Thursday, December 30, 2010

my bank, my career

I have today read the ‘Books of Account’ review on SBI story with the title “Tale of how a behemoth changed trajectory” by Shri D Murali . My sincere appreciation to Mr Murali for a detailed column summarizing the book “GRIT, GUTS and GUMPTION” by Rajesh Chakrabarti.

SBI being a giant PSB, has always played a responsible role since inception even as IBI when RBI was non-existent. The first mandate to SBI was to go rural and it did. Today, the industry has a variety of players in public, old and new private, foreign, cooperative, RRBs and Local Area Banks. And there are NBFCs, Financial Institutions and Micro Finance Institutions too.

SBI should, in fact, be designated as a Maha Nava Ratna Bank for its contributions to the nation, economy and industry for nearly two centuries. But unfortunately, many tend to blame the bank while “Best Banks Surveys” always undervalue SBI. How sad! For example, in a recent survey published by Business Today (Dec 26, 2010) issue, the list of top-10 Best Banks for over seventeen years since 1993 SBI appears only once at no. 10 level in 2002.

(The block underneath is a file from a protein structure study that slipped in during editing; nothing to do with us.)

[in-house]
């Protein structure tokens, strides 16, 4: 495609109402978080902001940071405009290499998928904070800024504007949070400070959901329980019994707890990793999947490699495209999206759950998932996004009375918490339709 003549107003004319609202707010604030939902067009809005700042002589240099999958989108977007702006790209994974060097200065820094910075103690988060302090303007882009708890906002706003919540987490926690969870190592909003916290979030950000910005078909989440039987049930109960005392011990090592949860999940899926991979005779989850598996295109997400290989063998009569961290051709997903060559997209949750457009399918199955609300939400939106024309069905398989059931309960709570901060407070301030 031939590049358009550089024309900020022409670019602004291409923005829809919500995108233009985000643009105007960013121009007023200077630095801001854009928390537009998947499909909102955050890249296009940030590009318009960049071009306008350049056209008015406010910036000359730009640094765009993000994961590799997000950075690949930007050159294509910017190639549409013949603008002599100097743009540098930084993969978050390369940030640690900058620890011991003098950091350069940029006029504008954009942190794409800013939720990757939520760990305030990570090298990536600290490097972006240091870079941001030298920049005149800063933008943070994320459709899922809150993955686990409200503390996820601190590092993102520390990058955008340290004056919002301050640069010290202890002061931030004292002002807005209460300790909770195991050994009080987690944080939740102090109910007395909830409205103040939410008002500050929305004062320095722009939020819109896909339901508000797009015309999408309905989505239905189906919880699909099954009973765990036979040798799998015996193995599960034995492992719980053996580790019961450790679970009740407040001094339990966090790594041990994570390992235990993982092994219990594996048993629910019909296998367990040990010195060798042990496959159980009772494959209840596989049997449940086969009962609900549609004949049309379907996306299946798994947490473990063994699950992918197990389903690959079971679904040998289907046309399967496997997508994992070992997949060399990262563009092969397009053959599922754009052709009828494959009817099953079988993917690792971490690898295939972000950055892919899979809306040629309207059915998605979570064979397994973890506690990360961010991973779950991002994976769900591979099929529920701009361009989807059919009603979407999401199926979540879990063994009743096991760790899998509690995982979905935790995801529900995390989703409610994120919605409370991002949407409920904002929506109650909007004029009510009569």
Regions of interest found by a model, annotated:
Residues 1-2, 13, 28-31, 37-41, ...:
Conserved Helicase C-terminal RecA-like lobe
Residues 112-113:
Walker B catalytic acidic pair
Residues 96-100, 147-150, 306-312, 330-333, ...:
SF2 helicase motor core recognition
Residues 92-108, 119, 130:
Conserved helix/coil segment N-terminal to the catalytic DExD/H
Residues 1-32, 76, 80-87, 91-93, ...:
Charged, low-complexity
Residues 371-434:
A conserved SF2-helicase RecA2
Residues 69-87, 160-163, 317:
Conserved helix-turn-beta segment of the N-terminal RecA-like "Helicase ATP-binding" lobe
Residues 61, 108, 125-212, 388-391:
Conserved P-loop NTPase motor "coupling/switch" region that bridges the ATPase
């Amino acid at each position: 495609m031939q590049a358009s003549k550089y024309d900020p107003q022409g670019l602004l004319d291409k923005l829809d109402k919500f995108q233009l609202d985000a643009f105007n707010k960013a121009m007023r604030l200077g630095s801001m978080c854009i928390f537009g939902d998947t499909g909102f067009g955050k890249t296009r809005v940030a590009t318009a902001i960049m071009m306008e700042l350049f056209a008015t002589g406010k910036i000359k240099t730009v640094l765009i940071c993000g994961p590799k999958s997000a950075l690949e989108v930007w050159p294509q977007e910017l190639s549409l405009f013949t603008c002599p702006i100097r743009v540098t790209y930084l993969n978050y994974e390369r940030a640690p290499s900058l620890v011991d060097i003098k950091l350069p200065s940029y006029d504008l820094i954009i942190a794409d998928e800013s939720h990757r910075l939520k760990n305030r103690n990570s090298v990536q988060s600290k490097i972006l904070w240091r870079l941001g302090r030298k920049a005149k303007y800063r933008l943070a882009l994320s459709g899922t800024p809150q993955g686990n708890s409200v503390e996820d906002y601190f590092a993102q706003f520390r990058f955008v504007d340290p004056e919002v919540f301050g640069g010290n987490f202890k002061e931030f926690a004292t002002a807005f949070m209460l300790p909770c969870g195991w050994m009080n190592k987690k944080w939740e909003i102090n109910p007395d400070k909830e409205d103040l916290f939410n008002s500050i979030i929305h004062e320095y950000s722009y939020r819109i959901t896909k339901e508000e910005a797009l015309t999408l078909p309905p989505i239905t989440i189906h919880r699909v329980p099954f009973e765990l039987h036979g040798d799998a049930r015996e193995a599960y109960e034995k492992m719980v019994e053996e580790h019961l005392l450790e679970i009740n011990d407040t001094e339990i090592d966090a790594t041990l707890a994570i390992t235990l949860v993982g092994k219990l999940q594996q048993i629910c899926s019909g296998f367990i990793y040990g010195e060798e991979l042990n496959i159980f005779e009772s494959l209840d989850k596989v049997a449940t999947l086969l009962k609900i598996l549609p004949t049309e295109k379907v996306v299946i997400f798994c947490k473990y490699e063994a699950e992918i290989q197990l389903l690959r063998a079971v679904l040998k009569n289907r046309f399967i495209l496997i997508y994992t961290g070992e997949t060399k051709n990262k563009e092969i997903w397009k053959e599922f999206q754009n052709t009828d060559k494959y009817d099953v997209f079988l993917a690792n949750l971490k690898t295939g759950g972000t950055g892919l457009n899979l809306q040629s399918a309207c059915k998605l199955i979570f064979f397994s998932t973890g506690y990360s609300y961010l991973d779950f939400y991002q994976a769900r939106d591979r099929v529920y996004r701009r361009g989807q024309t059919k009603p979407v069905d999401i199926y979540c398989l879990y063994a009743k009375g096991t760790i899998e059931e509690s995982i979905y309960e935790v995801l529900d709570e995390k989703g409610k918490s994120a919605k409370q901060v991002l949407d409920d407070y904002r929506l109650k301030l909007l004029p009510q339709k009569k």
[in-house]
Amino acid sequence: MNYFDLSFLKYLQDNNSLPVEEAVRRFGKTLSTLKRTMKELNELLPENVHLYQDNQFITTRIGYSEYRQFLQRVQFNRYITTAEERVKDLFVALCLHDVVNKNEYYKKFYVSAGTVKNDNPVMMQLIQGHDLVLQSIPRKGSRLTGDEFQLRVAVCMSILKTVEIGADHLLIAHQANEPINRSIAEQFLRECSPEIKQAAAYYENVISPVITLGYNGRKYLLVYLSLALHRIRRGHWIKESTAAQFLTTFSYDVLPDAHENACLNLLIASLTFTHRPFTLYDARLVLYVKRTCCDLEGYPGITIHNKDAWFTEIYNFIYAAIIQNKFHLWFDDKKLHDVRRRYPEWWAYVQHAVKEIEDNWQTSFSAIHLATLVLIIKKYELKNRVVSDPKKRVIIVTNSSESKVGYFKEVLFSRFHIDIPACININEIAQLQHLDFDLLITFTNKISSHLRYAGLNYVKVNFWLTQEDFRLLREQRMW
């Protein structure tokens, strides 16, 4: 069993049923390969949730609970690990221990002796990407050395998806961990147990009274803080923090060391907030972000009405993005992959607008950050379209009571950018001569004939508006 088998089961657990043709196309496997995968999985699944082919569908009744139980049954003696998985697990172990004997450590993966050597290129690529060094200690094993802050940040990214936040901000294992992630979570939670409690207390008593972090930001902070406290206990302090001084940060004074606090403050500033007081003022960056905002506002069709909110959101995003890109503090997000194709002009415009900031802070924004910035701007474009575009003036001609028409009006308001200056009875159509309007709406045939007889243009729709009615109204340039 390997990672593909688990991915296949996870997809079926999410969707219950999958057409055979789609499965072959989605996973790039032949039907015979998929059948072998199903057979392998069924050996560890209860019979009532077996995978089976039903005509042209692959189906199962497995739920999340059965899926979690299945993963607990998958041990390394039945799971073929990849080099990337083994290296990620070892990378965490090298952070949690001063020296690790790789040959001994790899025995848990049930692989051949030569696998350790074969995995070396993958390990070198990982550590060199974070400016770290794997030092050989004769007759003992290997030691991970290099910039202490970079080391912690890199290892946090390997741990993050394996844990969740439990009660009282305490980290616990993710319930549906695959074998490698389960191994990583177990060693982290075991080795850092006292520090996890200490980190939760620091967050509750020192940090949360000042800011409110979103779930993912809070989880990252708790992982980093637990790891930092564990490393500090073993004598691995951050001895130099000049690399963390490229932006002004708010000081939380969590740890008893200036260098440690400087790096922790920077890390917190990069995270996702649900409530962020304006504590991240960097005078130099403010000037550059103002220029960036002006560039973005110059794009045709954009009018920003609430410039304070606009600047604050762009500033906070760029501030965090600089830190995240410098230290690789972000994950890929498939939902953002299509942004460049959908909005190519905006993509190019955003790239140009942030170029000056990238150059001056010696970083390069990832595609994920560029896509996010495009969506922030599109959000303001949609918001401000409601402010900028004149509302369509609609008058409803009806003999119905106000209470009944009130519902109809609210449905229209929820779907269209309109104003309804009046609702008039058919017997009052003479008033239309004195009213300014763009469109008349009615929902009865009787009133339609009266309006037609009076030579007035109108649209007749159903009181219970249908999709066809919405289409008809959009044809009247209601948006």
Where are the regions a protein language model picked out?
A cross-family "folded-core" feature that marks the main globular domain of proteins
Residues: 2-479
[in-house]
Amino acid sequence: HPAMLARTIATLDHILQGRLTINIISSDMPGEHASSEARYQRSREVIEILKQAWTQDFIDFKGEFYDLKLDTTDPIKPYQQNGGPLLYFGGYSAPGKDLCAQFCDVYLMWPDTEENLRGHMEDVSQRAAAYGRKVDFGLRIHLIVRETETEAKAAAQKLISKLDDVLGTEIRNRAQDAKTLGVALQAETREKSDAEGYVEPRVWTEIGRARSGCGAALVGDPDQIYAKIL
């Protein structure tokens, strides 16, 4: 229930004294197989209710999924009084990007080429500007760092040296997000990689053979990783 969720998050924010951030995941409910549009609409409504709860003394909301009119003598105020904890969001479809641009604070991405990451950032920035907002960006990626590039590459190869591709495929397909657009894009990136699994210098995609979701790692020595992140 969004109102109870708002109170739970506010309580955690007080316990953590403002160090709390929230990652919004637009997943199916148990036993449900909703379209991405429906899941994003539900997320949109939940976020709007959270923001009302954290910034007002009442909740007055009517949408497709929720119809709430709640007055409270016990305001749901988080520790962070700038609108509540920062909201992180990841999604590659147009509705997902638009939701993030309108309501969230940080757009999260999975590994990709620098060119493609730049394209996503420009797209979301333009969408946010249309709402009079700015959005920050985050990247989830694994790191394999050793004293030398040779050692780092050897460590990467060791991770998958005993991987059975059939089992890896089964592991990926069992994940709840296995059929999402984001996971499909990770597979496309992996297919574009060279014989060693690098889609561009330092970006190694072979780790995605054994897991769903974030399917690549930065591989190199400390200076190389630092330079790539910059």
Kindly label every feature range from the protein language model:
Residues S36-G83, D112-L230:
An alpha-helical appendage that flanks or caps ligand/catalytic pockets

In the early years of economic and financial sector reforms, the list was dominated by foreign banks like BoA, Bank of Tokyo, ABN Amro, Amex, Citi, etc.  No wonder.  Over the years, India's private sector banks and public sector banks also found their place.  By 2009, the top ten list had six PSBs, 2 new Private (Axis and HDFC Bank), 1 old private (Federal) and one foreign bank (Citi) were listed.  Again in 2010, the list is headed by Axis Bank (new private). Some times economies of scale appear to be going against the public sector banks who are burdened with rural banking which is not cost-effective; and size is a hindrance.

New Private Sector Banks and foreign banks are not loaded with old legacies, non-performing assets, not so well qualified or trained staff and so on.  SBI, hence is far above all these factors and a front runner.  RBI looks to its support, experience, exposure and guidance in making many policies (IBI was its predecessor, after all).  Under these conditions, if the bank had transforted into a modern bank of world standards, I compliment the author Mr R Chakrabarti and reviewer Mr Murali of Business Line for their factual story.

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